NFU slams idea of halting badger cull in areas hit by TB

06 March 1998

NFU slams idea of halting badger cull in areas hit by TB

By Shelly Wright

PROSPECTS of a five-year halt in badger culling in some areas where bovine TB is rife have been dismissed by the NFU as totally unacceptable.

In its formal response to the governments consultation on the Krebs report, the union said that the plan to restrict badger culling to limited trial areas in TB hot spots would put an unbearable emotional and financial burden on those farmers in other areas where the disease was an increasing problem.

The NFU accepted that trials were necessary to establish the most appropriate means of controlling bovine TB, although it pointed out that such work should have been done many years ago.

The union insisted that experimental areas must include the west Midlands. Badger culling there was halted by government last year but since when more than 50 new herd breakdowns have been confirmed.

And it warned government not to look to farmers to fund the trials.

“Direct financial contributions by the farming industry to control a disease of national interest is not an option we can consider at present,” the NFU said.

The NFU also reiterated its demand for an increase in compensation for TB reactors. It wants 125% of the current market value of affected cattle, compared with the 75% of average market price paid at the moment. Consequential loss payments should also be considered.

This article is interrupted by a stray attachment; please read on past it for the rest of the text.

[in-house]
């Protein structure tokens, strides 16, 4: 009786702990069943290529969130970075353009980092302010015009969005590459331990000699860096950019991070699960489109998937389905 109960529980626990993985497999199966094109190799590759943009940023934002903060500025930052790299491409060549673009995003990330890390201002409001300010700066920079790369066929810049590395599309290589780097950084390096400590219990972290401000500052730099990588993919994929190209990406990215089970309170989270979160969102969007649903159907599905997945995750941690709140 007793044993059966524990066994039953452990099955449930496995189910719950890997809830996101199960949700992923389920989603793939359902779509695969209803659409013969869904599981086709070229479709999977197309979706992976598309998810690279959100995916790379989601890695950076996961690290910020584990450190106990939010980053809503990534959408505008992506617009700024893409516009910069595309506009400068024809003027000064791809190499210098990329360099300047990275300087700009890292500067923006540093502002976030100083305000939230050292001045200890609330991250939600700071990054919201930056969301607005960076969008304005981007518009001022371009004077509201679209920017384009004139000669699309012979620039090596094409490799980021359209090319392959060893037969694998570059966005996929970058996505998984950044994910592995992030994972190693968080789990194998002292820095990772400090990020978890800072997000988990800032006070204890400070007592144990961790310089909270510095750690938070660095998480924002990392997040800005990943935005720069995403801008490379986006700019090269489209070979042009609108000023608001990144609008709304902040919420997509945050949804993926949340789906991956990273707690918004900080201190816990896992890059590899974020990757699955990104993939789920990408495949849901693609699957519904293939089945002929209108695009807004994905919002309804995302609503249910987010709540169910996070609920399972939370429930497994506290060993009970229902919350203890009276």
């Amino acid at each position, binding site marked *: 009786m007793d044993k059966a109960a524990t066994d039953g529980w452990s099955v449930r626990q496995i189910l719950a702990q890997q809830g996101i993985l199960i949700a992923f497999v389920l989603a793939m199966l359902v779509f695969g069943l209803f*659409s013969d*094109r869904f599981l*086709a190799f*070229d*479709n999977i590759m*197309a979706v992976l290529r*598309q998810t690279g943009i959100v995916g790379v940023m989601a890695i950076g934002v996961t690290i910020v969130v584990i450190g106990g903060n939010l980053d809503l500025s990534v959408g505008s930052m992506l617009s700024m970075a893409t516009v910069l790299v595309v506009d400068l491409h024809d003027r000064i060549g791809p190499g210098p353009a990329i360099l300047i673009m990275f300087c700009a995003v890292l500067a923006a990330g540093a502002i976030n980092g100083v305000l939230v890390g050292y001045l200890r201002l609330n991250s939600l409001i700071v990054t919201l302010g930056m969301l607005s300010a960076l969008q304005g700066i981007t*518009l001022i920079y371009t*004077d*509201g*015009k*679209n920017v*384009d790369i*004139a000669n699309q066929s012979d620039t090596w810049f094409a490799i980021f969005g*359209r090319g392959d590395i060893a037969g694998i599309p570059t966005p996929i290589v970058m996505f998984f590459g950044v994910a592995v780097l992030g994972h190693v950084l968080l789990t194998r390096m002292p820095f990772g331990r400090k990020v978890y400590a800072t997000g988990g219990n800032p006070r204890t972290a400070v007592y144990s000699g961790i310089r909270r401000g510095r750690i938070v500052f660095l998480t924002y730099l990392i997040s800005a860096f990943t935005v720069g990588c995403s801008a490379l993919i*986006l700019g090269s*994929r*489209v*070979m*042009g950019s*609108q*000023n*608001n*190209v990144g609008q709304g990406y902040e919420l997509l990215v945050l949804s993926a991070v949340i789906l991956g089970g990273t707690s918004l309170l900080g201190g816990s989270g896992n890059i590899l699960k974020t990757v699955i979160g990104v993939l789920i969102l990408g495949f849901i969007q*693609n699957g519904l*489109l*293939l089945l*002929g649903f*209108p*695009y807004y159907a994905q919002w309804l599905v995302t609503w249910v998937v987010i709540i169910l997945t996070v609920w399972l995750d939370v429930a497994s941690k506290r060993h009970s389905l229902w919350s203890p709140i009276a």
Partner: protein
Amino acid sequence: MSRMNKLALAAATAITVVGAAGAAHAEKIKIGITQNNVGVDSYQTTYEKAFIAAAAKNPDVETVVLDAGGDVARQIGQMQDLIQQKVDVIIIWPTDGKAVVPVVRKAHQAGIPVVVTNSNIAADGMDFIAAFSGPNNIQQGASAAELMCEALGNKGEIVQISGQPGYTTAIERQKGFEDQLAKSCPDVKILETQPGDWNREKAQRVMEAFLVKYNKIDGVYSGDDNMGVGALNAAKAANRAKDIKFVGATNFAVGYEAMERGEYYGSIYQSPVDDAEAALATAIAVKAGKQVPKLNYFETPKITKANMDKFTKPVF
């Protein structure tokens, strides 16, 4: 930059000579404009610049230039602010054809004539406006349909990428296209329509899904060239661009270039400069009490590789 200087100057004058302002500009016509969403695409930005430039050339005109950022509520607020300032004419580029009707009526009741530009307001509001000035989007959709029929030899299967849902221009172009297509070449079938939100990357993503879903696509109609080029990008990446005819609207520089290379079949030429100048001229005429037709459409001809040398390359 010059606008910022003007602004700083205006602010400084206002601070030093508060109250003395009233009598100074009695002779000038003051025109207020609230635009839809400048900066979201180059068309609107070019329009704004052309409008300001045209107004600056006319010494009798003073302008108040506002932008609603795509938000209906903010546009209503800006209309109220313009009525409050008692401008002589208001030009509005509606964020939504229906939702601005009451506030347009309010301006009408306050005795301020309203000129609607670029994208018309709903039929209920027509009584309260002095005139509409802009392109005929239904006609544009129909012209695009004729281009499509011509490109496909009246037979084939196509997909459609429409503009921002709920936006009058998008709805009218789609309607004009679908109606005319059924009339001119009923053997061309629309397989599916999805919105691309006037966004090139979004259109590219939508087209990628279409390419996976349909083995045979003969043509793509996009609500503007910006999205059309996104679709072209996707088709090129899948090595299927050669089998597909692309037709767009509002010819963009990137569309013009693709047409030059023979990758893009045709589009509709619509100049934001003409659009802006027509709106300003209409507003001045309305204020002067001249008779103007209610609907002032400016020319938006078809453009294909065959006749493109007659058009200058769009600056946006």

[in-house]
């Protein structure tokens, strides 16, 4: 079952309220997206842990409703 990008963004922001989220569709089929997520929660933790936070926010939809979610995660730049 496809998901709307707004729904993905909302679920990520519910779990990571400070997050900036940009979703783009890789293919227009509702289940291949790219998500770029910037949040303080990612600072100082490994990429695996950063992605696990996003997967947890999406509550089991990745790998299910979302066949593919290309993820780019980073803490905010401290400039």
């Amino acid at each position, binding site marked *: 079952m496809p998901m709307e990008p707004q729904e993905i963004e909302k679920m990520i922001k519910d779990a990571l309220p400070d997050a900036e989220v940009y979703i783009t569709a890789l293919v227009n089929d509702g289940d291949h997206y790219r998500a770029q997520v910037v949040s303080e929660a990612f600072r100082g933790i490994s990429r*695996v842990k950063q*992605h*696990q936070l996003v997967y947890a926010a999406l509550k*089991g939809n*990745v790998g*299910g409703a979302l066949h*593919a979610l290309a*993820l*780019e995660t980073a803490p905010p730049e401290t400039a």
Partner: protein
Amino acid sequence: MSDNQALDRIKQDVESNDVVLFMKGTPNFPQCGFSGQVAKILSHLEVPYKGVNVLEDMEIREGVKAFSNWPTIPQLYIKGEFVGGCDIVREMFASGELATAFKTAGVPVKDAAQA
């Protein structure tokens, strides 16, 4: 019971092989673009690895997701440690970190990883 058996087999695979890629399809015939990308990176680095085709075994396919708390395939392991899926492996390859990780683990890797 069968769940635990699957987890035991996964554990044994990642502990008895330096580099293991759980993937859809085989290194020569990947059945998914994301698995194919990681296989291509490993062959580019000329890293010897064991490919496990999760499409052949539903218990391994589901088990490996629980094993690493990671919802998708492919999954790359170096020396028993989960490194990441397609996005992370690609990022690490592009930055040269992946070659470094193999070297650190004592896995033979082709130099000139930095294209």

“Farmers morale is very low at the moment. Their overriding wish is to see the back of bovine tuberculosis and they want the proposed strategy to work. Those who are excluded from the trial need a very firm incentive to wait patiently for its completion,” the union stated.

The Country Landowners Association echoed the demand for increased compensation, but suggested the rate for reactors should rise to 150% for farms suffering repeated breakdowns.

It has also called for a doubling of the trial areas designated for the comparative badger control experiments.

“Increasing the sample size could reduce the time taken to get conclusive results. It would be a great benefit if it meant that farmers in affected areas would get results in three years in stead of five,” said Alan Woods, CLA environment adviser.

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